You’re at your desk, cup of coffee in hand and you’re ready to start your day. You can’t wait! Soon, you’ll be representing your brand across the various social networks. The first order of business on your list today is to begin reading some of those great social media blogs that were suggested to you by your friends and followers. You open up your RSS reader, dive in, and suddenly realize within the first few paragraphs about CRM, sCRM, ROI and KPI that you’re overwhelmed by all these acronyms. What the heck do they mean and how can you focus on the point of the article if you have to keep stopping to look them up?
Keep It Simple
It happens. Sometimes professionals forget that not everyone in their audience knows exactly what they know. This isn’t exclusive to social media either. It doesn’t matter what industry you’re in, every industry has their own terminologies and they can be quite confusing at times. Therefore, when setting out to share industry related knowledge across your social networks consider keeping it simple. Think the KISS method = keep it super simple.
It doesn’t matter what social network you’re on or if you’re writing for the corporate blog, consider that on any given day your audience might range from someone who’s learning about your brand for the very first time to the industry insider who’s considered an influencer. You want to build a community based on your brand. Doing so means not only talking with others in your industry, but perhaps educating consumers as well. If you want to use acronyms, instead of assuming that everyone knows what you’re talking about, explain exactly what each acronym means the first time you use it. The same goes for industry terminology too. Don’t get caught up in technical jargon. You don’t need it to present yourself as a thought leader and you may find yourself alienating part of your community if you don’t take the time to educate and inform when necessary.
Become A Resource
If you find yourself using acronyms and industry terms quite a bit, think about creating a glossary post on your corporate blog that can be used as a resource within your community. You can link back to it and reference it as needed. Plus, one of the best parts about creating it on your own site is that you’ll have the ability to update it as needed. You may even want to take it a step further and create a white paper that others can download and share.
About Those Social Media Acronyms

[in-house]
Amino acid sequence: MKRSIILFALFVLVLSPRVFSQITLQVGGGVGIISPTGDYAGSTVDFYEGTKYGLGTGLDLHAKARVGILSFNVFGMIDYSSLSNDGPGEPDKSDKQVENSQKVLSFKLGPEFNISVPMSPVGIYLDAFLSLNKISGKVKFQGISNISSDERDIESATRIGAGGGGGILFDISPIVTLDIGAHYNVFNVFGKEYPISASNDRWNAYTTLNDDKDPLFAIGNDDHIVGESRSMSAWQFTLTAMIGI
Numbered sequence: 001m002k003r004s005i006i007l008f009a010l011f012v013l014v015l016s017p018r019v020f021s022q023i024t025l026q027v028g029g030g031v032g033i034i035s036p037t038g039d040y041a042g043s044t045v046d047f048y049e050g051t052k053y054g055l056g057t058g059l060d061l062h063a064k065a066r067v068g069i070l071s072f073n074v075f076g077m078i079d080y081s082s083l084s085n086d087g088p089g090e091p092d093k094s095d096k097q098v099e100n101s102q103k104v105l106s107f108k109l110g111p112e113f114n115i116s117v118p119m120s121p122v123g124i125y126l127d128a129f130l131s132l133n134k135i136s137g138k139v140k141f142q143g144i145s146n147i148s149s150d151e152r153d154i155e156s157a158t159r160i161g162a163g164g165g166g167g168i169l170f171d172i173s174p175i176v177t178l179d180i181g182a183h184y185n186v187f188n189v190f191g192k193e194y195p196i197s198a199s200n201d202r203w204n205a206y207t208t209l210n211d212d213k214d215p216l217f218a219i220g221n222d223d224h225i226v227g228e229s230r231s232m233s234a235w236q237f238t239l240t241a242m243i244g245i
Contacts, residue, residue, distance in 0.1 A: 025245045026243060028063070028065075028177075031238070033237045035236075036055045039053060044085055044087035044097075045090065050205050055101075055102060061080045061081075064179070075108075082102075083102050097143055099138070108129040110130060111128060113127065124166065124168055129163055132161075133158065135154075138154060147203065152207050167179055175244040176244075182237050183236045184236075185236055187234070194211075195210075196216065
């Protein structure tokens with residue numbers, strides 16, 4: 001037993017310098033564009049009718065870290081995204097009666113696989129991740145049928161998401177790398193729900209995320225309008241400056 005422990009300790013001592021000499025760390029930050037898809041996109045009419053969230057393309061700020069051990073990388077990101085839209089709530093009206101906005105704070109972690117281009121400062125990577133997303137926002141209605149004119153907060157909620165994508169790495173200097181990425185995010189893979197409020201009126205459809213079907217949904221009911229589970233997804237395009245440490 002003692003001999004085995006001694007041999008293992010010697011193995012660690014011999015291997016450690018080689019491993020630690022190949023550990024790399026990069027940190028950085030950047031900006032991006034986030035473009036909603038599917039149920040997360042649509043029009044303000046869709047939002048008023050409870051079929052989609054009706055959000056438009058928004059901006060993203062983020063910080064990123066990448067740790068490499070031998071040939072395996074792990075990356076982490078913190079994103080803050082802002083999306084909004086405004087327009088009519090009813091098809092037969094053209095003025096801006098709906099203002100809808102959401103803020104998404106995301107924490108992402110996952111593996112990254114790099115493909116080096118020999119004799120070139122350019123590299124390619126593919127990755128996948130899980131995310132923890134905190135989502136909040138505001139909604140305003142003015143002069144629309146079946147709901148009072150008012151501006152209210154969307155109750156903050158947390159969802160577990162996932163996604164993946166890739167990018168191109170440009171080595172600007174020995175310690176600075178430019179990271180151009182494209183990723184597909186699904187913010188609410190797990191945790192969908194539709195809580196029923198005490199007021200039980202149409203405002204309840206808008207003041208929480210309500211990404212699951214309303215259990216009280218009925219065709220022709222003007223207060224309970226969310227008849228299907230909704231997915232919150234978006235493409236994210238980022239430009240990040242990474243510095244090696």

Because social media terminology is ever evolving, like social media itself, it would be quite an undertaking to try to list every single social media term. I also didn’t want you to walk away without anything, though. So, here are a few of the popular social media acronyms and what they mean. Again, this isn’t a definitive list but rather a few of the more popular terms I thought you’d like to know:
- B2B: Business to business
- B2C: Business to consumer
- CGM: Consumer generated media
- CMS: Content management system
- CPA: Cost per action
- CPC: Cost per click
- CR: Conversion rate
- CRM: Customer relationship management
- CSS: Cascading style sheet
- CTR: Click through rate
- DM: Direct message
- ERP: Enterprise resource planning
- FB: Facebook
- FF: Follow Friday
- HT: Hat tip
- KPI: Key performance indicators
- QR Code: Quick response code
- ROI: Return on investment
- ROR: Return on relationship
- RSS: Real simple syndication
- RT: ReTweet
- SCRM: Social customer relationship management
- SEM: Search engine marketing
- SEO: Search engine optimization
- SERP: Search engine result page
- SM: Social media
- SMB: Small and Medium business
- SMM: Social media marketing
- TOS: Terms of service
- UGC: User generated content
- URL: Uniform resource locator
You can also check out Aaron Friedman’s Digital and Social Media Acronyms post at Digital Highrise for a more detailed list.
Remember, your goal is to keep your community engaged, enchanted and educated about your brand, so make things easy to understand.
Do you find technical jargon, acronyms and industry terminology distracting when reading articles or trying to follow conversations? Are you using them yourself? What popular acronyms am I missing? Please let me know in the comments below.